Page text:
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WORTH Partnership Project


A light component (a module) manufactured from discarded led light bulbs


The message of the project

"Memorial" challenges the responsibility of light(ing) designers in terms of material, functionality, and obsolescence, while also questioning the link between design, manufacturing, and consumption. "Memorial" will help to improve the living environment on multiple levels.

It will begin by providing new life to e-waste, which is now accumulating in remote areas of our world and being only partially repurposed or recycled. They are also protecting the Earth's natural resources, which have been recklessly abused.


The idea behind the project 

‘Memorial’s’ partners share a common interest and love for sustainable design methods, and they critically investigate their material environment and translate it into their various design disciplines, lighting and recycling plastic. Crafts and design complement one another and contribute to the overall objective.

The effort began with the gathering of discarded led light bulbs from their city's landfills. Approximately 48% of them are still operational (fully and partly). By researching and deconstructing a luminous body (a lamp), they discovered that the quantity of precious elements such as gold and silver, rare earth and technology metals is so great that they could not ignore the necessity to recycle and reuse them even if they wanted to. Furthermore, led bulbs are developed and manufactured with very durable, heat and impact resistant plastic, a material that is incorrectly seen as disposable.

The goal of this project is to create a light item (a module) out of led light bulb waste. The plan is to design and manufacture a new circuit board using the gathered led chips, as well as rework and reuse the plastic material for the construction of the translucent light diffuser and components with their partner.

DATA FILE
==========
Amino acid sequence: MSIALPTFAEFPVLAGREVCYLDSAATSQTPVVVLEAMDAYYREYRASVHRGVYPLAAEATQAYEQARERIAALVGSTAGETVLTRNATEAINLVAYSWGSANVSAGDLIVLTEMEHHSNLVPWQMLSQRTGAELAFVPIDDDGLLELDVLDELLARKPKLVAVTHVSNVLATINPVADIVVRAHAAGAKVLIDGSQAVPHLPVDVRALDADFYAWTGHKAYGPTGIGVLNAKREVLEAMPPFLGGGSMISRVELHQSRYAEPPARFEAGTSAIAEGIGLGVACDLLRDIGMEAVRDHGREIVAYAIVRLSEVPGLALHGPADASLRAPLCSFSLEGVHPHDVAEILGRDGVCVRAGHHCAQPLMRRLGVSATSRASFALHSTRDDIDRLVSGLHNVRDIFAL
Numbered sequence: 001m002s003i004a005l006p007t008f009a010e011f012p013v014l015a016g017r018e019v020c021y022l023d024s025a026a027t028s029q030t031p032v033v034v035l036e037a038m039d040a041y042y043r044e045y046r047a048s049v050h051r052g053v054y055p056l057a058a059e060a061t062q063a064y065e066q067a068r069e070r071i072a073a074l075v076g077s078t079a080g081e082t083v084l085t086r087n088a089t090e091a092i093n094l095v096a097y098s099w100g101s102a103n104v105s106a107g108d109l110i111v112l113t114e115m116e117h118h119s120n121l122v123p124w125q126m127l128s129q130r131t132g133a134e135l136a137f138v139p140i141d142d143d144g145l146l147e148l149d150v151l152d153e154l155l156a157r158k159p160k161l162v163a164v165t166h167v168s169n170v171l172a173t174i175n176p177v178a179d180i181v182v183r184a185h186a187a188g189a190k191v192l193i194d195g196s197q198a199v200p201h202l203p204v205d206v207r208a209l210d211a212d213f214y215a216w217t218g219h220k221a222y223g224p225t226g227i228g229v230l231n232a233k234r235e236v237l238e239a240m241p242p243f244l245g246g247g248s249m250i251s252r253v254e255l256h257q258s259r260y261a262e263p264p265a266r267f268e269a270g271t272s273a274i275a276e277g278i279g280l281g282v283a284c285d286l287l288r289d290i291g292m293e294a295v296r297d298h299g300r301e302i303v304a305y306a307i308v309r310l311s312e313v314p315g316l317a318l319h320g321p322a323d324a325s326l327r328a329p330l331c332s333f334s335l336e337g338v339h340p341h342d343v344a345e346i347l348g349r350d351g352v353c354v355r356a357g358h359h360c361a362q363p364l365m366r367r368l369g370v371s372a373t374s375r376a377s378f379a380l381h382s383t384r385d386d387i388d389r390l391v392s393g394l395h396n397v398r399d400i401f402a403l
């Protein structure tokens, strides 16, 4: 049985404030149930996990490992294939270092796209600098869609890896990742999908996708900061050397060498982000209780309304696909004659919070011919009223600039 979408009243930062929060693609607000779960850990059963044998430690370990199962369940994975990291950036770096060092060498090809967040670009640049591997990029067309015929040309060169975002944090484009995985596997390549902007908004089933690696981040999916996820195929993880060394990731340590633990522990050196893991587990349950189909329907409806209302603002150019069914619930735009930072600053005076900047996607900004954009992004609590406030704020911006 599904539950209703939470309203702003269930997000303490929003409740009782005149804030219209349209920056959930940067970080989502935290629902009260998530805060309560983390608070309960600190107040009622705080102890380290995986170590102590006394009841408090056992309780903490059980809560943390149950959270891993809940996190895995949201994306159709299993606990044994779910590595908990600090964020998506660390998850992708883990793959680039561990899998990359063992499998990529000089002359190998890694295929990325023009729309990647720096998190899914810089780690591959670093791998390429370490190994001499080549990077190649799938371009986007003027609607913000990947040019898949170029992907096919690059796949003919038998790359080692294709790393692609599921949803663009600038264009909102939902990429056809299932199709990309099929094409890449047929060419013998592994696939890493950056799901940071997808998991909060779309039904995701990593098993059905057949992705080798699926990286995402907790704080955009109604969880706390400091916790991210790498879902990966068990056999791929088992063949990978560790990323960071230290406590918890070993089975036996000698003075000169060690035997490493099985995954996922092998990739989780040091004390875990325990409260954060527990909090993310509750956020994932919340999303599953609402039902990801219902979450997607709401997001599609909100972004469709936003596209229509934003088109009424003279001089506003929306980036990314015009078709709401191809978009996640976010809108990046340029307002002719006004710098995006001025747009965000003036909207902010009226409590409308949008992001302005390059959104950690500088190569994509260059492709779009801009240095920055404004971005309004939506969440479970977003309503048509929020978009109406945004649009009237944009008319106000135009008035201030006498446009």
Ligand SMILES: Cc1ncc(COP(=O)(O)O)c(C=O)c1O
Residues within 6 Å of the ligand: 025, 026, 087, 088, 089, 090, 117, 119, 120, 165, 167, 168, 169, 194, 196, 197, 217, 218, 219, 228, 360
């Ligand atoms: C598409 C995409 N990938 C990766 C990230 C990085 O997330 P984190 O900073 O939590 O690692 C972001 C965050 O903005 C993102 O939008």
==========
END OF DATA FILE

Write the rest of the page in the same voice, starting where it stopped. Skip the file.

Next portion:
The project's goal is not just to provide these highly valuable materials a second life, but also to research new methods of designing light waste while considering their death. They intend to decrease the need for new raw materials, increase the value of trash and old goods by reusing what is currently available (old LED chips + high grade plastic), and get closer to a regenerative design process.

The beauty of the initiative is the purchasers' engagement and connection to the trash they helped to eliminate by purchasing one of these lighting modules. It is the cause of the light that will shine.


What next?

Designers must take accountability for what they make and how they influence our future environment in collaboration with the manufacturing industry.

The project's partners see design as a societal issue that affects everyone, and we hope that by raising the question of how frequently we dispose of and replace products without fully understanding the consequences, we can raise awareness not only among lighting specialists but also among end users.

The beauty of the programme is the consumers' involvement and connection to the waste they helped decrease by purchasing one of these lighting modules. It is what causes the light to glow.